5. SCUBA at Great Barrier Reef
6. Bungee Jump off Sidney Bridge
7. See an Opera in Vienna
8. Finish a triathlon
9. Free-motion quilt
10. Visit all 50 states
11. Ride motorcycle from coast to coast
12. Drive Alaskan Hwy
13. Sail between islands in Caribbean
14. Catch a fish and eat it
15. Make a Dear Jane Quilt
16. Hike Machu Pichu
17. Camp in Havasupai
18. RV across the US (RV=Motorhome)
19. Visit Scandinavia
20. Ride in a hot air balloon
21. Helicopter over Hawaiian Volcano
22. Walk on the Great Wall of China
23. See Victoria Falls
24. African Safari
25. Ride a camel in Egypt
26. Knit a sweater
27. Make rolls from scratch
28. Houseboat on Lake Powell
29. Riverboat on Mississippi
30. Hang glide
31. Take a photography class
32. Swim with the dolphins
33. See the Northern Lights
34. Teach an aerobics class
35. Live Abroad for one year
36. Sunrise at Haleakala (no, I would never add this as I was in the act of driving......)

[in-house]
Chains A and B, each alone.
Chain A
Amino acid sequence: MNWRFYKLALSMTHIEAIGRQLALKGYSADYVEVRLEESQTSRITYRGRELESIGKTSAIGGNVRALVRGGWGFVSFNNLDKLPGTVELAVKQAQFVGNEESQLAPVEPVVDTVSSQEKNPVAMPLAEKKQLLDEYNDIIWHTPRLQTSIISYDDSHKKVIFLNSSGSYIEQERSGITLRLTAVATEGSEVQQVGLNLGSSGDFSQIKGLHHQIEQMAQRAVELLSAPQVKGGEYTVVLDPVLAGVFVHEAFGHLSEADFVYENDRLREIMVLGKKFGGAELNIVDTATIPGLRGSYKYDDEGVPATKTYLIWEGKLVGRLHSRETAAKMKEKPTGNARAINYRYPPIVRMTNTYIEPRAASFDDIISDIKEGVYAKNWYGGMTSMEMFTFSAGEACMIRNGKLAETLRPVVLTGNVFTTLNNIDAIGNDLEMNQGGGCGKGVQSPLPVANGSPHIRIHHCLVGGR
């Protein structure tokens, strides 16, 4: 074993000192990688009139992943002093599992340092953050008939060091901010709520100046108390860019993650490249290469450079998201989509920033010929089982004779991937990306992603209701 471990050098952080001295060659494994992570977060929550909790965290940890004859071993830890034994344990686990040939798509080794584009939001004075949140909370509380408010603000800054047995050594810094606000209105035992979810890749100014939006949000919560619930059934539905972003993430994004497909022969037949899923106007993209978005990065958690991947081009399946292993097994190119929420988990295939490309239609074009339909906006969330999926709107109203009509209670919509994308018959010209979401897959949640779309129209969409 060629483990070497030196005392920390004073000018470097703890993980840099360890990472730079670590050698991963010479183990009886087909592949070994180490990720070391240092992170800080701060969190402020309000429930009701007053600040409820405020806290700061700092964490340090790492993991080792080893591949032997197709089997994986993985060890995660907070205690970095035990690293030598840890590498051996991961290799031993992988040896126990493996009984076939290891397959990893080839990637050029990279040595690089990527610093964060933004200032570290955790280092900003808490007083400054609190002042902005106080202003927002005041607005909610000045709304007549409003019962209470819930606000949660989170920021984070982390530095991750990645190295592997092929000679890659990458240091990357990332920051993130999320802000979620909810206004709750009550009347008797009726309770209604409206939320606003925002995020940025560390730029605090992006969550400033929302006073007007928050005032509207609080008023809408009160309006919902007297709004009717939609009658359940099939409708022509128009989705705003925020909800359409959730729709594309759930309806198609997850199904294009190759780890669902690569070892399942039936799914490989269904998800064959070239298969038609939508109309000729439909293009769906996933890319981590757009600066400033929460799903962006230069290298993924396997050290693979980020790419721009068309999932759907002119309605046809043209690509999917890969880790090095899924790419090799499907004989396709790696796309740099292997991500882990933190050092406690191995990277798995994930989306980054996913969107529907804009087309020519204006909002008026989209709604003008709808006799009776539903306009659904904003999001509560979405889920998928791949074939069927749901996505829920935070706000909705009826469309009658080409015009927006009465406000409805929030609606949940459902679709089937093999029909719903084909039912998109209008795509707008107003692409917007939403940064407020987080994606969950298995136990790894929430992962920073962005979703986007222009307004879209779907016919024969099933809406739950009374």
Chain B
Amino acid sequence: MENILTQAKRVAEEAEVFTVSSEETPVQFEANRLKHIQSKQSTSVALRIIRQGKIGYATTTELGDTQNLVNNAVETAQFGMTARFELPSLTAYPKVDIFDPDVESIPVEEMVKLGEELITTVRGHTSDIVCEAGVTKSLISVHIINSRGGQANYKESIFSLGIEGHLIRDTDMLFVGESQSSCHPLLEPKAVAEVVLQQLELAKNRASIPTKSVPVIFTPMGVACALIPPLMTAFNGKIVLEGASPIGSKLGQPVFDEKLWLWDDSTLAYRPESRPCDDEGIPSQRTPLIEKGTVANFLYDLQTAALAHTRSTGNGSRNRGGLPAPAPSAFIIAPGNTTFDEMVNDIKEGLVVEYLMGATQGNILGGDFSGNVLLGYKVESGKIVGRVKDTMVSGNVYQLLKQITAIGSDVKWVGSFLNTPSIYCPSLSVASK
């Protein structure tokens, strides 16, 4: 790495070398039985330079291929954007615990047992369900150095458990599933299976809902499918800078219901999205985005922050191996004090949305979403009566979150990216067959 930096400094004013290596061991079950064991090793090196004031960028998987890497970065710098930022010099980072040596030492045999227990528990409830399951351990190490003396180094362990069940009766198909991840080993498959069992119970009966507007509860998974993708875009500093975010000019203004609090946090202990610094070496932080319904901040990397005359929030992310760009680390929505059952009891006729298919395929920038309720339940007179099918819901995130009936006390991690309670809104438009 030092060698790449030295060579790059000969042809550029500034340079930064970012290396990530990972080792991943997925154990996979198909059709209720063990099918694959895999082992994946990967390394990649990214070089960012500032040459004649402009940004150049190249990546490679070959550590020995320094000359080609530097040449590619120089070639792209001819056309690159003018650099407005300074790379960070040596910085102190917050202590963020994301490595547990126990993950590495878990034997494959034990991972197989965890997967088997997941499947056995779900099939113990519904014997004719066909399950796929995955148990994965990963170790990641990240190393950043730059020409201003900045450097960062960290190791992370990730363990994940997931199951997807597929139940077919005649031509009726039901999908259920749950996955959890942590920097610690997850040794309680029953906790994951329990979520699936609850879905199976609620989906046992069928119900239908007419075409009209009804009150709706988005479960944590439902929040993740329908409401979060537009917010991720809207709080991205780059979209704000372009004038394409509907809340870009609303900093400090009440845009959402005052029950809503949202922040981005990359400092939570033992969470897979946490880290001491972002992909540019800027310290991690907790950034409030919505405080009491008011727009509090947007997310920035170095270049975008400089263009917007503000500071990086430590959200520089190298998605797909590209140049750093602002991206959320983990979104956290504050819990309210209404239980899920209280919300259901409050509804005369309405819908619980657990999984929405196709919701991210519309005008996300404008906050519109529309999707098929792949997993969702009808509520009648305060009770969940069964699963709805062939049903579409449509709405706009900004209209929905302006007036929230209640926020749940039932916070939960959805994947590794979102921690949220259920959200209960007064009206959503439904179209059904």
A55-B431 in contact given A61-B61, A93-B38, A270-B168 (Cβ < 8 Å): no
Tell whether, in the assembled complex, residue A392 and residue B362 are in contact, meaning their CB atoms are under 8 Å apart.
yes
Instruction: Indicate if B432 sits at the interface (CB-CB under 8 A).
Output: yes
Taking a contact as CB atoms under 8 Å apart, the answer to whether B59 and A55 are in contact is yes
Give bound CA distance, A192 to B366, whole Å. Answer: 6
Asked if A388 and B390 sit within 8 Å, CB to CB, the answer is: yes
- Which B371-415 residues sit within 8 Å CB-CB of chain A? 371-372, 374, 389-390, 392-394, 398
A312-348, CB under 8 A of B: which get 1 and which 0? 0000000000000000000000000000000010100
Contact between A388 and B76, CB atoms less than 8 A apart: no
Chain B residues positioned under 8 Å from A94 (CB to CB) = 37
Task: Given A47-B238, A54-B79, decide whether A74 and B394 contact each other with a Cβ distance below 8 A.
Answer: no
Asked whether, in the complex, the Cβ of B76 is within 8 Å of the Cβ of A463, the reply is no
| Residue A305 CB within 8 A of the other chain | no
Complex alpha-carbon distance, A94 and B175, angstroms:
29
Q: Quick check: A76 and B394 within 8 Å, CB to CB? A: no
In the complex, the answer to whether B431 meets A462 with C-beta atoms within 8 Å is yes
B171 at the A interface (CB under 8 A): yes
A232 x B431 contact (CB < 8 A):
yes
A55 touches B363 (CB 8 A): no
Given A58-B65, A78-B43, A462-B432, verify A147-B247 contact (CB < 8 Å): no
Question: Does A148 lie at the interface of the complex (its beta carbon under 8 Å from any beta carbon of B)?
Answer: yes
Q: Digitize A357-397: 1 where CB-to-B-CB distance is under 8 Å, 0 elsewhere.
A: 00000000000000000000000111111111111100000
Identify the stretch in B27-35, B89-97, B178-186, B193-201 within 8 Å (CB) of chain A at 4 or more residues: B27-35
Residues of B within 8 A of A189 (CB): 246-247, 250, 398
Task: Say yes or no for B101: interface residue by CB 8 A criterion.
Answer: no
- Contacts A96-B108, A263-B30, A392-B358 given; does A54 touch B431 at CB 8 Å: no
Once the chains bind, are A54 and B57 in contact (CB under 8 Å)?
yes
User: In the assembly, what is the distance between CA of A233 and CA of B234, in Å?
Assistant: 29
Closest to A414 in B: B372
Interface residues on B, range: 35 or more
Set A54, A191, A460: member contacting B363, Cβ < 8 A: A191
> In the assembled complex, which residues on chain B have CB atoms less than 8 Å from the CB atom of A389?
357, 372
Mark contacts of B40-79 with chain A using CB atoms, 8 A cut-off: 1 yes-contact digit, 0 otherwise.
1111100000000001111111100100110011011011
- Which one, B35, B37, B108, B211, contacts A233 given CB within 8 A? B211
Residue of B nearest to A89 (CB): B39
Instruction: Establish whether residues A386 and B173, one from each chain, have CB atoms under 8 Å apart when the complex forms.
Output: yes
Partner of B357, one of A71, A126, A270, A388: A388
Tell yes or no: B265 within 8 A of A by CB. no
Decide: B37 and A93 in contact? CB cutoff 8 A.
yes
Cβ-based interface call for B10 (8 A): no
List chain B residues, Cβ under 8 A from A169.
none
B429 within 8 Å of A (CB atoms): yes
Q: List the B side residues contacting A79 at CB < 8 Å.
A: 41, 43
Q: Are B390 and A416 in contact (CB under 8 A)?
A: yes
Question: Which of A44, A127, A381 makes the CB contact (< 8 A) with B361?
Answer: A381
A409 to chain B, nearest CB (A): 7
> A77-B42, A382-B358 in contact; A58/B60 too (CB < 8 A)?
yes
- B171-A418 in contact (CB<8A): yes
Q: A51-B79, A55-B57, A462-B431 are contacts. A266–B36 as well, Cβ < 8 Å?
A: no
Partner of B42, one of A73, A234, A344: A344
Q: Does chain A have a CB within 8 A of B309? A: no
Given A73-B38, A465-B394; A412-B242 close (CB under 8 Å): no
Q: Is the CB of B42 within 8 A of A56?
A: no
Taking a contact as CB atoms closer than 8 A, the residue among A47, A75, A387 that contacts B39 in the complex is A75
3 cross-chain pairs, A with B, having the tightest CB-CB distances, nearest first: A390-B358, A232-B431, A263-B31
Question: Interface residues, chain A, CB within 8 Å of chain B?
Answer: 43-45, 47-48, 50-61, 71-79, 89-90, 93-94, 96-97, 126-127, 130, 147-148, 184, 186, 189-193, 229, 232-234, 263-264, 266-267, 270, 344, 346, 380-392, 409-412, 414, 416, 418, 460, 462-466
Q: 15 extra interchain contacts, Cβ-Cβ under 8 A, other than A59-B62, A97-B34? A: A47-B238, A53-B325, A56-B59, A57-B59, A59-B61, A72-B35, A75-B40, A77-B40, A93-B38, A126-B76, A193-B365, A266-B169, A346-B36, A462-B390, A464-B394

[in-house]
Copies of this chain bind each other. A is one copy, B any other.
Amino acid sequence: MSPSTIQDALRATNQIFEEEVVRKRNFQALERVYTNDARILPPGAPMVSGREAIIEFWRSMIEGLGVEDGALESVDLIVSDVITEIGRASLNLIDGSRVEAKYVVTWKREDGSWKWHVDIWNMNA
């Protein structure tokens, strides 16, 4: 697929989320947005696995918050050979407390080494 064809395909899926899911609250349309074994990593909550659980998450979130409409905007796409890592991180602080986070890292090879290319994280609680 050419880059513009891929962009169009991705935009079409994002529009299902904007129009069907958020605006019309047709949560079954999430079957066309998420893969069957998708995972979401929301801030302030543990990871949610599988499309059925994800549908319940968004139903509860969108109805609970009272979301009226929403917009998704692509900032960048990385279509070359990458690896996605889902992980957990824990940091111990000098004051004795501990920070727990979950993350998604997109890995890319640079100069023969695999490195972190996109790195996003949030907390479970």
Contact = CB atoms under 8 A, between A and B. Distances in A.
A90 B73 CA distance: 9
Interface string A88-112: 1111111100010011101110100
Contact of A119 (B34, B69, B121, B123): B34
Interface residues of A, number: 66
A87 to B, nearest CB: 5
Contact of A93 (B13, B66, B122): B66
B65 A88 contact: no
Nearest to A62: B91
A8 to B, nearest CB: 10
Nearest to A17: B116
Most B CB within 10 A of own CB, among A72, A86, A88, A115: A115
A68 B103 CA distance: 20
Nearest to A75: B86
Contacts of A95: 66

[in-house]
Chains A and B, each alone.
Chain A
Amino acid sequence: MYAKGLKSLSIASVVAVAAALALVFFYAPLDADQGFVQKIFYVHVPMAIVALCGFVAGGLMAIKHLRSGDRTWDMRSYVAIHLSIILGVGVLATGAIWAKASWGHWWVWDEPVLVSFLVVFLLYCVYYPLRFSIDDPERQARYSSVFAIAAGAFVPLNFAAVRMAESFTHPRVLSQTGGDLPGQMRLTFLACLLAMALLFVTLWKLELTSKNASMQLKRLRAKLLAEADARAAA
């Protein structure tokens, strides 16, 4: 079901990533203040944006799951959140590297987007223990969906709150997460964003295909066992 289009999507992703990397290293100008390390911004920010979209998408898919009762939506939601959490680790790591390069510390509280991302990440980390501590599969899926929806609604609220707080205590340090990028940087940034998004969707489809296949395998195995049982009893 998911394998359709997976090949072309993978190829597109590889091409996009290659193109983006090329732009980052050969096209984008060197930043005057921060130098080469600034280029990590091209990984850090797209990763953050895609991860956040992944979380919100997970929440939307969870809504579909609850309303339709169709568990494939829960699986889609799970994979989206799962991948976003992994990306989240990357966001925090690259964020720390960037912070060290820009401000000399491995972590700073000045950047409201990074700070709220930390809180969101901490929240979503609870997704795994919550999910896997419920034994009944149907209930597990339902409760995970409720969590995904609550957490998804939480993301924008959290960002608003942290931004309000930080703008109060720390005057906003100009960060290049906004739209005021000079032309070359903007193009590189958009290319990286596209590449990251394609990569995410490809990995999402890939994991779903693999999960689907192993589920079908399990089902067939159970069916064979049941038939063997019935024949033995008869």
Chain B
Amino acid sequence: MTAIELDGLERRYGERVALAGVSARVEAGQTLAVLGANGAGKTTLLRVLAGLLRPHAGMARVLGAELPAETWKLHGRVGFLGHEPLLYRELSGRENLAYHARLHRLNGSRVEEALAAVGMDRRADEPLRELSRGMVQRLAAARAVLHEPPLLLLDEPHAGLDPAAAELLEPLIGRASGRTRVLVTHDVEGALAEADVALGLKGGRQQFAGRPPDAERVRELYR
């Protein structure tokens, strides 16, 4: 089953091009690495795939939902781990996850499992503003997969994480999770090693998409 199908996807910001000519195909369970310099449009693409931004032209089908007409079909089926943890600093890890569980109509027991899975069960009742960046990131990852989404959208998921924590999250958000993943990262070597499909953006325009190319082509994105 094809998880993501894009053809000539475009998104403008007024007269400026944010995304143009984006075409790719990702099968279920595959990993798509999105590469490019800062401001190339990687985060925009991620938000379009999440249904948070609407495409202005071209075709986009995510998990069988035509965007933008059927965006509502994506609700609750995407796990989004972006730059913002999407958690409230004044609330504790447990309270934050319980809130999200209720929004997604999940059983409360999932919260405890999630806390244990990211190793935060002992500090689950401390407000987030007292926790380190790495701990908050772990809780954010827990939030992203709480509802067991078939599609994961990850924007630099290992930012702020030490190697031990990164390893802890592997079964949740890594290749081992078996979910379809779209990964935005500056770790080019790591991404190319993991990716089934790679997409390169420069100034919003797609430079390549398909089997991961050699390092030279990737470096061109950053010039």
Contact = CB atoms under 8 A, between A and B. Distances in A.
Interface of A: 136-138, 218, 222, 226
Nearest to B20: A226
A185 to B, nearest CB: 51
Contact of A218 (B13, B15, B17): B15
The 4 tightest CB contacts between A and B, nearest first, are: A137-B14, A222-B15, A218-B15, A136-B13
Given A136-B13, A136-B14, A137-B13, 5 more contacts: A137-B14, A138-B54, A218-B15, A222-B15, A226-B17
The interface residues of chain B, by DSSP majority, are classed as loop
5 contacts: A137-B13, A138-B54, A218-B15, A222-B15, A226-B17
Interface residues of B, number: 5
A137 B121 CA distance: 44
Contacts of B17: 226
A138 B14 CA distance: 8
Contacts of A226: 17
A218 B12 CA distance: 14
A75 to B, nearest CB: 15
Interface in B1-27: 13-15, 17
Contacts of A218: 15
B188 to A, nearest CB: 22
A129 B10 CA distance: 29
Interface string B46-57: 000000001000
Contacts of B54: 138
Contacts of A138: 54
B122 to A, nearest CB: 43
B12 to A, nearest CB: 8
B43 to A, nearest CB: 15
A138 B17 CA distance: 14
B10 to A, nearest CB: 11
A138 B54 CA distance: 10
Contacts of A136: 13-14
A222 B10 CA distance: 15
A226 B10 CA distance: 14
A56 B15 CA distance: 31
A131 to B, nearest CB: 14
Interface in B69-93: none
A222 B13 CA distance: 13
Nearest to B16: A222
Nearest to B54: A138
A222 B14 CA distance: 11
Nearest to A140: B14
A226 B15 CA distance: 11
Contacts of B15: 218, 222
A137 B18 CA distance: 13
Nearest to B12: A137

37. Attend an Olympic event
38. Surf
39. Transatlantic cruise
40. Backpack camping overnight
41. Play Chopin on piano
42. Sew something someone can wear
43. Read a book in another language
44. Hike Appalachian Trail
45. Segway tour
46. Go on a pub crawl
47. kiss the blarney stone
48. flash mob
49. Mud run
50. Take picture with someone famous
51. Speak in front of a crowd
52. Movie extra
53. Transcanadian train
54. Ski the alps
55. Sky Dive
56. Stonehenge
57. Iguazu falls
58. Go to Billy the Kid museum
59. Visit all four grandparents birth cities
60. Build something useful

When making the bucket list we (Scott and I) decided that I was not allowed to put items on the list that I'd already done--like Backpack Europe, see Old Faithful, or read Brothers Karamazov. But I'd say it's a pretty adventuresome list, wouldn't you? And apparently there's a whole website devoted to Bucket Lists!